What Are Navy Beans?

Updated July 19, 2017

Navy beans, also known as white, haricot, or Norther beans, are the pea-sized, oval shaped, mature ripe seeds of Phaseolus vulgaris, or common bean, often found in U.S. recipes and commercially prepared canned-goods.

"Navy" beans

These common white beans became known as "navy beans," because they were often included as provisions on U.S. sailing vessels. Dried beans, when stored properly, resist spoilage, and are easy to rehydrate, making them ideal for use on sailing ships.


The navy, or common bean is high in protein, soluble fibre, trace minerals, and folic acid and is free of sodium, fat, and cholesterol. When combined with rice or other grains, they remain a widespread substitute for meat or animal protein.

Common uses

Many of the staple bean dishes in the U.S. contain navy beans. Bean soups, baked beans, and chilli, whether canned or homemade, are familiar parts of our diets.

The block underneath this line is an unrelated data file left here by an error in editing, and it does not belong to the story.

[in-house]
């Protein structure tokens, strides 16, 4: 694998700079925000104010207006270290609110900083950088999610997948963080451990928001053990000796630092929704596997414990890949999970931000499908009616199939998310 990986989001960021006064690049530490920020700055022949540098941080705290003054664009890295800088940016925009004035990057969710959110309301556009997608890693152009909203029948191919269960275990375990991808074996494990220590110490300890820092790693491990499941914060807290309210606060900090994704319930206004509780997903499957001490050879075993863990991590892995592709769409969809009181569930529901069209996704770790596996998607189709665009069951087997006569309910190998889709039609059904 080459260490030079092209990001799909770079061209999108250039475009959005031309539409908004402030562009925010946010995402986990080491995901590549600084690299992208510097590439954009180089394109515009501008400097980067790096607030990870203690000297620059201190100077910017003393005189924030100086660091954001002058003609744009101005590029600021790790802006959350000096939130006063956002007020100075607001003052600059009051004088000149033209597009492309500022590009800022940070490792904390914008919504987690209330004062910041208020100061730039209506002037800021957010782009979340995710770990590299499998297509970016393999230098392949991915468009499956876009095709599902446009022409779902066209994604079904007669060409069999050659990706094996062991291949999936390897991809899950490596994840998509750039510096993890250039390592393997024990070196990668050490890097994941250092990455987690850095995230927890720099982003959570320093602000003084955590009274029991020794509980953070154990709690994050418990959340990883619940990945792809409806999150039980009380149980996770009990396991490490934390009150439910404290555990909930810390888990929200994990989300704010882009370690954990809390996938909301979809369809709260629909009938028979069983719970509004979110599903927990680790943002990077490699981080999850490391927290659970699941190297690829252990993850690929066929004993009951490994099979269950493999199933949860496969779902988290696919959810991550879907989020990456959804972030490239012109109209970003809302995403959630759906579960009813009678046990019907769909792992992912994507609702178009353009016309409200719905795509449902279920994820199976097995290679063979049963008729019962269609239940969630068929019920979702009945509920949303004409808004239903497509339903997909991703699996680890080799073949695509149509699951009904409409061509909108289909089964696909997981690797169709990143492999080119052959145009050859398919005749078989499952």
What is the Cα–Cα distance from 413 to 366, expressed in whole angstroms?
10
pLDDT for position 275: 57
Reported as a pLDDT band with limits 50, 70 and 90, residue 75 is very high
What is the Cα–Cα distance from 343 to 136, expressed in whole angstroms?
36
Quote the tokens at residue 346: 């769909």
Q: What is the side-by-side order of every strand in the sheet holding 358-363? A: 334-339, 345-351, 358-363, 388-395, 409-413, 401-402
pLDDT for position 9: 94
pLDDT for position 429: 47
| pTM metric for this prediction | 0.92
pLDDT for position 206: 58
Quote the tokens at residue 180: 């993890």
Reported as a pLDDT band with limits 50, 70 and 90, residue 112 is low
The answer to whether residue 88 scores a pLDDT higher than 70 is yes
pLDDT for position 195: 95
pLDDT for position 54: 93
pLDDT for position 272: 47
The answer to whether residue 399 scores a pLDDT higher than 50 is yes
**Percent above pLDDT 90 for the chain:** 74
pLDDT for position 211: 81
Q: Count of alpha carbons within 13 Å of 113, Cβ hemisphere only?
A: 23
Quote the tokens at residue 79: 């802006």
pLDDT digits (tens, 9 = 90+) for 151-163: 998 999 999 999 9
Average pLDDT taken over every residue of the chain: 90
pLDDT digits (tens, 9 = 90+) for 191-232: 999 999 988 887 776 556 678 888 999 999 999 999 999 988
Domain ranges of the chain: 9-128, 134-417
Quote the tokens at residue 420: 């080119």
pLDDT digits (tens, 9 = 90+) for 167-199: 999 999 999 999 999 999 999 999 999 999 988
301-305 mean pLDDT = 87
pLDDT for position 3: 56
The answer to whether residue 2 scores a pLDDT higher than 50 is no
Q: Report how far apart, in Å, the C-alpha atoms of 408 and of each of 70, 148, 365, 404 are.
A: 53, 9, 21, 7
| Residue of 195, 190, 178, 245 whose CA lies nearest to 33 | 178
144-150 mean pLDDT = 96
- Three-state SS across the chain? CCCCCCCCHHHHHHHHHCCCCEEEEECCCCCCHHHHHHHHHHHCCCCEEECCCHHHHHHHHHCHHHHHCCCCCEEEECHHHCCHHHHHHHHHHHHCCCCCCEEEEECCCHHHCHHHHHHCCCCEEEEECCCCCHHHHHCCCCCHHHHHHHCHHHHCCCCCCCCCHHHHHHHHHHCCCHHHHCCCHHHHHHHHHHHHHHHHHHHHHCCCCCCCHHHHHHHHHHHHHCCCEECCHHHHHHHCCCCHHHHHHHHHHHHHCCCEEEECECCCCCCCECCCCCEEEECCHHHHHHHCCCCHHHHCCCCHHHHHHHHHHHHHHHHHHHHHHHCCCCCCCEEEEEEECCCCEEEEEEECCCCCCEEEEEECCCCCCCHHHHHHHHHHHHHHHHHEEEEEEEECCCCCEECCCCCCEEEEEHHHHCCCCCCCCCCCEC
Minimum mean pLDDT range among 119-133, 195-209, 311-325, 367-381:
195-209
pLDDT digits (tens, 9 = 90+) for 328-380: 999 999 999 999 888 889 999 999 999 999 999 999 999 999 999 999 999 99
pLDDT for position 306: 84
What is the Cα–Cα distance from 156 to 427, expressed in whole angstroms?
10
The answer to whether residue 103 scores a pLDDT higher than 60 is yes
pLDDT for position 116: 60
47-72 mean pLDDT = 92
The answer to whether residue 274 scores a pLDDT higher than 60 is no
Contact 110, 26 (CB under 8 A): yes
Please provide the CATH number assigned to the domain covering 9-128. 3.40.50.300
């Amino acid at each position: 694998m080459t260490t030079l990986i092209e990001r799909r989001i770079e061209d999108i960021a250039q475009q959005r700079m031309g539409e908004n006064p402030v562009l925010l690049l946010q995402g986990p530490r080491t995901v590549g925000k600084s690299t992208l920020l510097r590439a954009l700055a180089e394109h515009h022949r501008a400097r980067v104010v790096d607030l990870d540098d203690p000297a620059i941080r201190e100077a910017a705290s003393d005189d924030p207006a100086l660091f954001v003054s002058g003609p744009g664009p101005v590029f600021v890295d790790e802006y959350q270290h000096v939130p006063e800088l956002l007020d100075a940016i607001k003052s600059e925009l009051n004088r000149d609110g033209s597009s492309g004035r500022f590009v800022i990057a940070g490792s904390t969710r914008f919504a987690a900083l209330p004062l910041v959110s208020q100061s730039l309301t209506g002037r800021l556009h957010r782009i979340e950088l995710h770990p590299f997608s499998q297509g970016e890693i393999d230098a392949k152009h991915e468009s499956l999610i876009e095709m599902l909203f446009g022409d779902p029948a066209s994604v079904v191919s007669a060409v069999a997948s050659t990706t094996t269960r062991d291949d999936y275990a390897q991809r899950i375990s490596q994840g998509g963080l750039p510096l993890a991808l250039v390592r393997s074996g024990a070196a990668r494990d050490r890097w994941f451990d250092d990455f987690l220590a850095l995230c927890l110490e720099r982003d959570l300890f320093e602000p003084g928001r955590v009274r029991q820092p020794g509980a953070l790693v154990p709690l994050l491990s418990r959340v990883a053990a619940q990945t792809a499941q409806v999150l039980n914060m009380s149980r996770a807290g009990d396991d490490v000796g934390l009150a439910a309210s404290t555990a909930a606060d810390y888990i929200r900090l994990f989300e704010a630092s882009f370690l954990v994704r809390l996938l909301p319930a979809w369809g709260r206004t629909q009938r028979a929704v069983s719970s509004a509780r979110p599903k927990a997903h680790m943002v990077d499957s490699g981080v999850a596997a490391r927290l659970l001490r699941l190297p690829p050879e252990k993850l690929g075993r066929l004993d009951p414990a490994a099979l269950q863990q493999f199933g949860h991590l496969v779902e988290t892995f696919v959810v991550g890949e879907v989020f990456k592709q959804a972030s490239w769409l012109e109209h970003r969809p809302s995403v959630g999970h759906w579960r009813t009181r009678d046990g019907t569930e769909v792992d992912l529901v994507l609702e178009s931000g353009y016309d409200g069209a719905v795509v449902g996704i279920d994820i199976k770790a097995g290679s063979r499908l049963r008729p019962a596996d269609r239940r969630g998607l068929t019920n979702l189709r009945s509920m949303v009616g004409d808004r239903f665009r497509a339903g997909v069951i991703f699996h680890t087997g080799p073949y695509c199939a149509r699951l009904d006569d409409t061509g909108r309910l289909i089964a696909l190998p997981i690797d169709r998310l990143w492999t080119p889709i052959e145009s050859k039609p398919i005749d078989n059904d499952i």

The common bean had been domesticated in Central and South America for thousands of years and was introduced to Europe by Spanish traders in the 15th century.

"Three Sisters"

The navy bean, along with maize (corn) and squash, made up the common Native American companion planting strategy, known as the "Three Sisters." Beans act as a fertiliser by adding nitrogen to soil, the corn stalks function as poles to support the beans and the squash acts as a living mulch to control weeds.

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Not university trained himself, Mike Boda honed his professional chops in the mid-90s, cranking out college writing assignments for others. Boda has also been a staff writer and member of the New People editorial collective. A long-time resident of Pittsburgh, he writes a regular column for